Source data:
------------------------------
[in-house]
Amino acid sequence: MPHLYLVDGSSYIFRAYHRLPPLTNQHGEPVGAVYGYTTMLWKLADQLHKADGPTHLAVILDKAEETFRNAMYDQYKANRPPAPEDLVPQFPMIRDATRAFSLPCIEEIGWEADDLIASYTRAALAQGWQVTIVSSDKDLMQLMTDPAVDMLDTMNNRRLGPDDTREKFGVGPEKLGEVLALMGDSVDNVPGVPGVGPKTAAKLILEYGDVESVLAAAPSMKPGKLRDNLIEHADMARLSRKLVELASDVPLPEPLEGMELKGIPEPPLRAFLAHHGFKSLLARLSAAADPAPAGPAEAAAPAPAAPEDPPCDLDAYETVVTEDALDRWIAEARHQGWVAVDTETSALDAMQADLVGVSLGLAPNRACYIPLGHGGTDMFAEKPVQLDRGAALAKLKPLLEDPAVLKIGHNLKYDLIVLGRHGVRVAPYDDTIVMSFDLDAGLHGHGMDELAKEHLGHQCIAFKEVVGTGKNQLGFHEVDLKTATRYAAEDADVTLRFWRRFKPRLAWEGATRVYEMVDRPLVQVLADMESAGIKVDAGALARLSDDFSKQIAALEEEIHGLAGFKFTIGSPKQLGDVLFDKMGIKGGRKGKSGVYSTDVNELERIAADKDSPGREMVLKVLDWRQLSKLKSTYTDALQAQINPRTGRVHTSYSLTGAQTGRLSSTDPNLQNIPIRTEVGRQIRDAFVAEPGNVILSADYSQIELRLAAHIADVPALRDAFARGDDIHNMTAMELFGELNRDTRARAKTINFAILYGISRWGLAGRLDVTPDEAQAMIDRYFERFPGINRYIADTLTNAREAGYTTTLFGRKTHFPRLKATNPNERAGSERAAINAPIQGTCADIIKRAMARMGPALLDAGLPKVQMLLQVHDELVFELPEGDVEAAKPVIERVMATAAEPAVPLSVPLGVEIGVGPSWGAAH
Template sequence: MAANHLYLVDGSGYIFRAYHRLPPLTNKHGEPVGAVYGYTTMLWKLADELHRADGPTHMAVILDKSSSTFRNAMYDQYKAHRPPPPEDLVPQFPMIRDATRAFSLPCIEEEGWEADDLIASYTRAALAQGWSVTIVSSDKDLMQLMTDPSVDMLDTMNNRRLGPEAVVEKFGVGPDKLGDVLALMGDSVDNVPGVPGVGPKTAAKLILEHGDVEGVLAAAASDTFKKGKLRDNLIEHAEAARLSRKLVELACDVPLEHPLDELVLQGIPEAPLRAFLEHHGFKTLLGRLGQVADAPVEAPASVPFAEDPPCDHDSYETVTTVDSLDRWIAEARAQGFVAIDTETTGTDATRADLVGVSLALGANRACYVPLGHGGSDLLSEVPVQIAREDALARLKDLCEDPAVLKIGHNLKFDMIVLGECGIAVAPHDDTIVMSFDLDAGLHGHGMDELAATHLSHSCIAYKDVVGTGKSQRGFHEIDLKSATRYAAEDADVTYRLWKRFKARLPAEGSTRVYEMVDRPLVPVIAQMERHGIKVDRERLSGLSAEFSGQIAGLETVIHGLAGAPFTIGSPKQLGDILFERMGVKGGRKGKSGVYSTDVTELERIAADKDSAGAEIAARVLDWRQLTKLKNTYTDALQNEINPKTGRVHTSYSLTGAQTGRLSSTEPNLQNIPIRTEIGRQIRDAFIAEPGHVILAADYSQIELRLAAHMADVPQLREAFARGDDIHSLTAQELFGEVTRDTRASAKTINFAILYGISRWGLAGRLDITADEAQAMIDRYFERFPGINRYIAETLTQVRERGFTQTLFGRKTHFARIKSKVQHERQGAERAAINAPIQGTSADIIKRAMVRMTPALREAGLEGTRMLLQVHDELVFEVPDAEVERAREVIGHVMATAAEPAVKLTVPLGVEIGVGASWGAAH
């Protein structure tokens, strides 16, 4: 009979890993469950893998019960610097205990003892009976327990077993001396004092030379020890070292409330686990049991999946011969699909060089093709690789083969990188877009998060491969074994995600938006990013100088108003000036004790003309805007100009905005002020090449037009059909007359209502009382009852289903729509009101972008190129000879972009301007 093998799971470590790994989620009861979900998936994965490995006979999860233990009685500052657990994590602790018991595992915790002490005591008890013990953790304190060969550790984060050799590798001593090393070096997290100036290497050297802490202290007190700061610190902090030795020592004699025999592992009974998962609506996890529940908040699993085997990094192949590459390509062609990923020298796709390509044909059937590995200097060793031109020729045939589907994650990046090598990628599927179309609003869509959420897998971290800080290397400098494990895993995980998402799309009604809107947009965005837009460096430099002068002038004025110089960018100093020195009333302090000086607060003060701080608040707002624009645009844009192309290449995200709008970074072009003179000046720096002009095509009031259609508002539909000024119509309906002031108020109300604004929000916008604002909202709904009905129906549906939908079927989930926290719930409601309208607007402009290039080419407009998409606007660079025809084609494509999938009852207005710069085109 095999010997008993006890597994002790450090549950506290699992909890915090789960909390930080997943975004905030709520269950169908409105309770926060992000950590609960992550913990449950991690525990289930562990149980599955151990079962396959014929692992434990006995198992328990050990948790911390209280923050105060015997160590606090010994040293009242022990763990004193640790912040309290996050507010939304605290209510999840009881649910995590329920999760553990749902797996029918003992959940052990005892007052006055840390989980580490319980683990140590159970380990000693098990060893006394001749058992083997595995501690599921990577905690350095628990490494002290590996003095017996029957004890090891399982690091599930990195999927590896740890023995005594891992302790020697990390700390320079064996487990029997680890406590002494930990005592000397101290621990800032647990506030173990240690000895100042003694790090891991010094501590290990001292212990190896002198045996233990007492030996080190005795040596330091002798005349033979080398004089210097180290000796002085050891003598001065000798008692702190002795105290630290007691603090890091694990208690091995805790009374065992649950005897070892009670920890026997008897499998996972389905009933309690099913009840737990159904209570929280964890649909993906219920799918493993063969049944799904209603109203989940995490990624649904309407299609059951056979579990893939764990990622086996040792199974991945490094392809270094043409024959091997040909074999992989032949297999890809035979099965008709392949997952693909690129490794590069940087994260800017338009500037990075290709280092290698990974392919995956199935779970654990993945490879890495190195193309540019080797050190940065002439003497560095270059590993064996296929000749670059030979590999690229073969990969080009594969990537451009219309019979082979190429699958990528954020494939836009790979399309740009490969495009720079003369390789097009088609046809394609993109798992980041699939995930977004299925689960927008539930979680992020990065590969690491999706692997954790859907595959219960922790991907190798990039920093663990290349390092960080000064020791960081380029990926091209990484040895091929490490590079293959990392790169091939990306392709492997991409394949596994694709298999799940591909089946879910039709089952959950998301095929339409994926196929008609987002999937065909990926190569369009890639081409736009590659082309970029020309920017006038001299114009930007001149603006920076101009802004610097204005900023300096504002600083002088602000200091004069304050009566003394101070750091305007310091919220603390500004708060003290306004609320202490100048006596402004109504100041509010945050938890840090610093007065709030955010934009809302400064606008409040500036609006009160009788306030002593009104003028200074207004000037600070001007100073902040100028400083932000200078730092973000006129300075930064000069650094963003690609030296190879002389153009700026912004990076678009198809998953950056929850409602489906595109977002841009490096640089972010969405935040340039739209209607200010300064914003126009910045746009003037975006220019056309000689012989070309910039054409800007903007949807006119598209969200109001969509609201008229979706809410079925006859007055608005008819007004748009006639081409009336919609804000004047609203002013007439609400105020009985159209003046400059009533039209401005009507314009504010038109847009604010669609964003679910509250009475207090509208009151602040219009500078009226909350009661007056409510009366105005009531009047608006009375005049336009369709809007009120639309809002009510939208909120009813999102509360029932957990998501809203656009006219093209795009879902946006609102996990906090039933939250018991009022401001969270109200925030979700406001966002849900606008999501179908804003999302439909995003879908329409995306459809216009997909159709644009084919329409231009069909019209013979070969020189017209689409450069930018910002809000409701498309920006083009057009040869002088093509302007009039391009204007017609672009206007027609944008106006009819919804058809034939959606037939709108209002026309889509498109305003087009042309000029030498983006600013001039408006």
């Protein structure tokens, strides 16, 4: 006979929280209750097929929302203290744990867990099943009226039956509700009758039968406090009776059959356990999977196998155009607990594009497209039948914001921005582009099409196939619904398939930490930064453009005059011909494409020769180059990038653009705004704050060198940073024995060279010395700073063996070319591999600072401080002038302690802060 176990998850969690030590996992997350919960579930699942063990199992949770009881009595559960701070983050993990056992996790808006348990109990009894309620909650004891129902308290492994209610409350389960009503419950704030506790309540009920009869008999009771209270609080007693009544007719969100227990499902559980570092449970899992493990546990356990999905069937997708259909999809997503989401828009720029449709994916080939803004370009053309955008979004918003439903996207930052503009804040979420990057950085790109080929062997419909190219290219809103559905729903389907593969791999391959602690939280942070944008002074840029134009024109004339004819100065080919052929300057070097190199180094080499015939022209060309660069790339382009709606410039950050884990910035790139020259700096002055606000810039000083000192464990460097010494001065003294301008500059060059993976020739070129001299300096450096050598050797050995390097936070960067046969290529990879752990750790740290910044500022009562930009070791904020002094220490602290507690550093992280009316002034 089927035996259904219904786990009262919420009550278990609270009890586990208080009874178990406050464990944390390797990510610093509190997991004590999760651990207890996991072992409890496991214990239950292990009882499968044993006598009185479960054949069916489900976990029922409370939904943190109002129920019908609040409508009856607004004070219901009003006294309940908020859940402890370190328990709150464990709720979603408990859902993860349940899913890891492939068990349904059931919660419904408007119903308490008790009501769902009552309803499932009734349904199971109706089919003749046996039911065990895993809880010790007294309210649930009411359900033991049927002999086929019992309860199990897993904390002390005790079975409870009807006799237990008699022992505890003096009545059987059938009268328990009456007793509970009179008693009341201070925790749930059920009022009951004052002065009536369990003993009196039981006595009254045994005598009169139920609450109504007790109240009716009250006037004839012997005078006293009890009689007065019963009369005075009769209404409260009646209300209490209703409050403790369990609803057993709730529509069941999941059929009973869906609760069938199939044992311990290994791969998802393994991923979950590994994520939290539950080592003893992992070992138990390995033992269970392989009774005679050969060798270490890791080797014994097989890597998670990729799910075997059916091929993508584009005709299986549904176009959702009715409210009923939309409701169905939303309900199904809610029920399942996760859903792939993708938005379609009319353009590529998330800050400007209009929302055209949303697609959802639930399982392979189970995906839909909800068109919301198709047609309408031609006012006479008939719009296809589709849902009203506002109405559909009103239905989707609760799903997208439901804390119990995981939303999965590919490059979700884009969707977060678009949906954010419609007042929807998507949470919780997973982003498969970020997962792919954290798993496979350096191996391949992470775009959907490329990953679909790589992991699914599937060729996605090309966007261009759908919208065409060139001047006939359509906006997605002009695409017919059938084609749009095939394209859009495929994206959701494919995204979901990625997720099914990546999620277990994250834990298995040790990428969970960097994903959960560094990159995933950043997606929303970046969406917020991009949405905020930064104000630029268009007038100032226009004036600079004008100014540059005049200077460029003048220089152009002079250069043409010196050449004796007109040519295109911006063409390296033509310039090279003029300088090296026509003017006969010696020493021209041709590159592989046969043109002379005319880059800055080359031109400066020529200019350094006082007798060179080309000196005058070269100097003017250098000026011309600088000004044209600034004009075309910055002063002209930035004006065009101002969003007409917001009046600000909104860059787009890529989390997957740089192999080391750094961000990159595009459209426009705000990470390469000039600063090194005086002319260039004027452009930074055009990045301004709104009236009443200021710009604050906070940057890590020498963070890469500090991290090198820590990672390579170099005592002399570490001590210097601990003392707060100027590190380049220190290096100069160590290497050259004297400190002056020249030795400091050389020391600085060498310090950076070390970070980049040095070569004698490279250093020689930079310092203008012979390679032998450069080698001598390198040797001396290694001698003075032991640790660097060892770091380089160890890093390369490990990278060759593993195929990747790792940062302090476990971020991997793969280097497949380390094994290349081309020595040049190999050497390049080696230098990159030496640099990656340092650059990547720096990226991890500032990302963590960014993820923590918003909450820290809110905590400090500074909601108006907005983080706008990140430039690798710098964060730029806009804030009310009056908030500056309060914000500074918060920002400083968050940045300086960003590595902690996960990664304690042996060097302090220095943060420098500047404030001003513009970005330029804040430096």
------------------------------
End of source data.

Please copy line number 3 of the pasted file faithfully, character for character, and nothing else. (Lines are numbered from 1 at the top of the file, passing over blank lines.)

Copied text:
Template sequence: MAANHLYLVDGSGYIFRAYHRLPPLTNKHGEPVGAVYGYTTMLWKLADELHRADGPTHMAVILDKSSSTFRNAMYDQYKAHRPPPPEDLVPQFPMIRDATRAFSLPCIEEEGWEADDLIASYTRAALAQGWSVTIVSSDKDLMQLMTDPSVDMLDTMNNRRLGPEAVVEKFGVGPDKLGDVLALMGDSVDNVPGVPGVGPKTAAKLILEHGDVEGVLAAAASDTFKKGKLRDNLIEHAEAARLSRKLVELACDVPLEHPLDELVLQGIPEAPLRAFLEHHGFKTLLGRLGQVADAPVEAPASVPFAEDPPCDHDSYETVTTVDSLDRWIAEARAQGFVAIDTETTGTDATRADLVGVSLALGANRACYVPLGHGGSDLLSEVPVQIAREDALARLKDLCEDPAVLKIGHNLKFDMIVLGECGIAVAPHDDTIVMSFDLDAGLHGHGMDELAATHLSHSCIAYKDVVGTGKSQRGFHEIDLKSATRYAAEDADVTYRLWKRFKARLPAEGSTRVYEMVDRPLVPVIAQMERHGIKVDRERLSGLSAEFSGQIAGLETVIHGLAGAPFTIGSPKQLGDILFERMGVKGGRKGKSGVYSTDVTELERIAADKDSAGAEIAARVLDWRQLTKLKNTYTDALQNEINPKTGRVHTSYSLTGAQTGRLSSTEPNLQNIPIRTEIGRQIRDAFIAEPGHVILAADYSQIELRLAAHMADVPQLREAFARGDDIHSLTAQELFGEVTRDTRASAKTINFAILYGISRWGLAGRLDITADEAQAMIDRYFERFPGINRYIAETLTQVRERGFTQTLFGRKTHFARIKSKVQHERQGAERAAINAPIQGTSADIIKRAMVRMTPALREAGLEGTRMLLQVHDELVFEVPDAEVERAREVIGHVMATAAEPAVKLTVPLGVEIGVGASWGAAH